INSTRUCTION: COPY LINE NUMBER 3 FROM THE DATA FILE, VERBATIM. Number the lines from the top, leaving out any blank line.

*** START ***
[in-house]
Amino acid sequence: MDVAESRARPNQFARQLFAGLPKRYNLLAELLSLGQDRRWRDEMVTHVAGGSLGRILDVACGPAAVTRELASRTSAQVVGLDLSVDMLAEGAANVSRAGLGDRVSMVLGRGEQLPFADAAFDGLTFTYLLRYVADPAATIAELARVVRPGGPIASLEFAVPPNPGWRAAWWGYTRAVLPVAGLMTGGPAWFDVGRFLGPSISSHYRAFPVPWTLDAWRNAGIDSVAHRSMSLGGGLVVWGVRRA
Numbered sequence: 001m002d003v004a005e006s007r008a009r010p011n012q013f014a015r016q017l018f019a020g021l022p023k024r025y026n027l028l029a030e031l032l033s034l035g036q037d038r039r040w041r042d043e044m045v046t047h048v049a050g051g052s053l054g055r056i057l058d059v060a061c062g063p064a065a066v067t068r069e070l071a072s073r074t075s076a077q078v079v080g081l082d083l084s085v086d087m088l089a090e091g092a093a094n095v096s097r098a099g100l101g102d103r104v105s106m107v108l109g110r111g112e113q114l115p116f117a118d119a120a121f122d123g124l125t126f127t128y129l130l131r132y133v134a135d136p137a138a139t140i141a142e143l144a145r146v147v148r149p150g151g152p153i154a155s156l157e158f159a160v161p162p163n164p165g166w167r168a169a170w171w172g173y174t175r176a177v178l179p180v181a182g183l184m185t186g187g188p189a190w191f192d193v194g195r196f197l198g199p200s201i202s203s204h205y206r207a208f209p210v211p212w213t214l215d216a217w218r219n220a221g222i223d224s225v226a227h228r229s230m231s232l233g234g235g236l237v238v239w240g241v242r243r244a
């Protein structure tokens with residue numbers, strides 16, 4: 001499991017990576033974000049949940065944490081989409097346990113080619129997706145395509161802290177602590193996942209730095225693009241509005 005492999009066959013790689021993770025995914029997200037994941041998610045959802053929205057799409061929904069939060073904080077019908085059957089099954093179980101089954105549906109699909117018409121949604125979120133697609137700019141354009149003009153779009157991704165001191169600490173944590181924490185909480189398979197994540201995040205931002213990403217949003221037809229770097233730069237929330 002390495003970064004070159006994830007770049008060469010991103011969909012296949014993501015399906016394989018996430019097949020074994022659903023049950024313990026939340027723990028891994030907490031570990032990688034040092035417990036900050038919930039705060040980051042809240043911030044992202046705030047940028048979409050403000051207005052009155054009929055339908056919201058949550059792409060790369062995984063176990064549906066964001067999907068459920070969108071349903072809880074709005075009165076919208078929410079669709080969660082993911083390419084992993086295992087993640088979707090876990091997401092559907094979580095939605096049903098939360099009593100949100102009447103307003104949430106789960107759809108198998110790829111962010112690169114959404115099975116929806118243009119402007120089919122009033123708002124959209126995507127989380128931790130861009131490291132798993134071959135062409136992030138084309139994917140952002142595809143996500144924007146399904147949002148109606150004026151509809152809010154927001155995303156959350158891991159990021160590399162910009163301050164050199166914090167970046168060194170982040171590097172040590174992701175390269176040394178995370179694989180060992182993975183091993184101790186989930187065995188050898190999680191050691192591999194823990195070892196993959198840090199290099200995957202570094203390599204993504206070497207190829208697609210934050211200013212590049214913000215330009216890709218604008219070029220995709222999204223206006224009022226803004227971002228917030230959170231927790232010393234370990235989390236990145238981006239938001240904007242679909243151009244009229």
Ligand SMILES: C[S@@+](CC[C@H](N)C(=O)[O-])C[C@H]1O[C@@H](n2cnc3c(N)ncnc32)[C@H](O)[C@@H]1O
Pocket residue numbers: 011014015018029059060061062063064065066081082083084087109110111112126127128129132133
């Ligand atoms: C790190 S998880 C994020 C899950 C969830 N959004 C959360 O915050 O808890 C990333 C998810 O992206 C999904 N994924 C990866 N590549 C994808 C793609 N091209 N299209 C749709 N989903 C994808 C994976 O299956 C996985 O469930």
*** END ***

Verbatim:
Numbered sequence: 001m002d003v004a005e006s007r008a009r010p011n012q013f014a015r016q017l018f019a020g021l022p023k024r025y026n027l028l029a030e031l032l033s034l035g036q037d038r039r040w041r042d043e044m045v046t047h048v049a050g051g052s053l054g055r056i057l058d059v060a061c062g063p064a065a066v067t068r069e070l071a072s073r074t075s076a077q078v079v080g081l082d083l084s085v086d087m088l089a090e091g092a093a094n095v096s097r098a099g100l101g102d103r104v105s106m107v108l109g110r111g112e113q114l115p116f117a118d119a120a121f122d123g124l125t126f127t128y129l130l131r132y133v134a135d136p137a138a139t140i141a142e143l144a145r146v147v148r149p150g151g152p153i154a155s156l157e158f159a160v161p162p163n164p165g166w167r168a169a170w171w172g173y174t175r176a177v178l179p180v181a182g183l184m185t186g187g188p189a190w191f192d193v194g195r196f197l198g199p200s201i202s203s204h205y206r207a208f209p210v211p212w213t214l215d216a217w218r219n220a221g222i223d224s225v226a227h228r229s230m231s232l233g234g235g236l237v238v239w240g241v242r243r244a